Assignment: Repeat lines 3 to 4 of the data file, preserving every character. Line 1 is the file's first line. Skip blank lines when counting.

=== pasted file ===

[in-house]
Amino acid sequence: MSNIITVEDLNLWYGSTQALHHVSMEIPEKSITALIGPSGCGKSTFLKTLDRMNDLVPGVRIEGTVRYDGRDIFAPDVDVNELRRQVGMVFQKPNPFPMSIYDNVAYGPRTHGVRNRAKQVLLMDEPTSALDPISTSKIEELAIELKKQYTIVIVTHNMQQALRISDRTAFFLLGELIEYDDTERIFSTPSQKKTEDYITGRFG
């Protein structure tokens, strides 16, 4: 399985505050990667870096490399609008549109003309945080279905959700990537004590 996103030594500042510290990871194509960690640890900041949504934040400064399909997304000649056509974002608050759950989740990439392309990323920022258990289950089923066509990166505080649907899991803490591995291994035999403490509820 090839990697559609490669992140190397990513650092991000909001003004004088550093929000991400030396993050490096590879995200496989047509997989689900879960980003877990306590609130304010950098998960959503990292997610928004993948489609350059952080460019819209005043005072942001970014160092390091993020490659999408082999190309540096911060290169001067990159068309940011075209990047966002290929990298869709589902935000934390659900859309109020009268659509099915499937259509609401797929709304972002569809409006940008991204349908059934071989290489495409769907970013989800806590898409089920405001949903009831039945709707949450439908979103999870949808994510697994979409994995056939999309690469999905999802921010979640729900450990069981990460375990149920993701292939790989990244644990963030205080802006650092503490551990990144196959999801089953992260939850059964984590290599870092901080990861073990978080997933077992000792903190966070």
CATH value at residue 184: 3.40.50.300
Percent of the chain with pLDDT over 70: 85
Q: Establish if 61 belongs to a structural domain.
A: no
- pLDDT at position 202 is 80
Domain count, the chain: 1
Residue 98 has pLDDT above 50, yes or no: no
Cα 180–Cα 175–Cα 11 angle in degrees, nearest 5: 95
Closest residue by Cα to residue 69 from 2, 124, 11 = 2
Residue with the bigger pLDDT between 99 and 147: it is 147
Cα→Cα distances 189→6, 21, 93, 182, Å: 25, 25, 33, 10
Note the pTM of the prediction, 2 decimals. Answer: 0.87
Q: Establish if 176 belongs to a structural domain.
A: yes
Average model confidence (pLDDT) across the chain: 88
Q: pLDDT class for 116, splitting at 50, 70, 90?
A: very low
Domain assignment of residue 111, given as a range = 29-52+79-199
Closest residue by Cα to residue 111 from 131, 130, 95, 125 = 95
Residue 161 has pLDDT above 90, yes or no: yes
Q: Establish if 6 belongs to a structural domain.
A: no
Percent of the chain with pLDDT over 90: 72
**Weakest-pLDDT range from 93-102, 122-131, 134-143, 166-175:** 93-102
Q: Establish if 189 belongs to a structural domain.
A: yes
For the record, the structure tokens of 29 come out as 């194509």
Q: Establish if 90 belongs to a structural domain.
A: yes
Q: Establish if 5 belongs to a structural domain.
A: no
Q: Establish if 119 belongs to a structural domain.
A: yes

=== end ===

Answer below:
């Protein structure tokens, strides 16, 4: 399985505050990667870096490399609008549109003309945080279905959700990537004590 996103030594500042510290990871194509960690640890900041949504934040400064399909997304000649056509974002608050759950989740990439392309990323920022258990289950089923066509990166505080649907899991803490591995291994035999403490509820 090839990697559609490669992140190397990513650092991000909001003004004088550093929000991400030396993050490096590879995200496989047509997989689900879960980003877990306590609130304010950098998960959503990292997610928004993948489609350059952080460019819209005043005072942001970014160092390091993020490659999408082999190309540096911060290169001067990159068309940011075209990047966002290929990298869709589902935000934390659900859309109020009268659509099915499937259509609401797929709304972002569809409006940008991204349908059934071989290489495409769907970013989800806590898409089920405001949903009831039945709707949450439908979103999870949808994510697994979409994995056939999309690469999905999802921010979640729900450990069981990460375990149920993701292939790989990244644990963030205080802006650092503490551990990144196959999801089953992260939850059964984590290599870092901080990861073990978080997933077992000792903190966070």
CATH value at residue 184: 3.40.50.300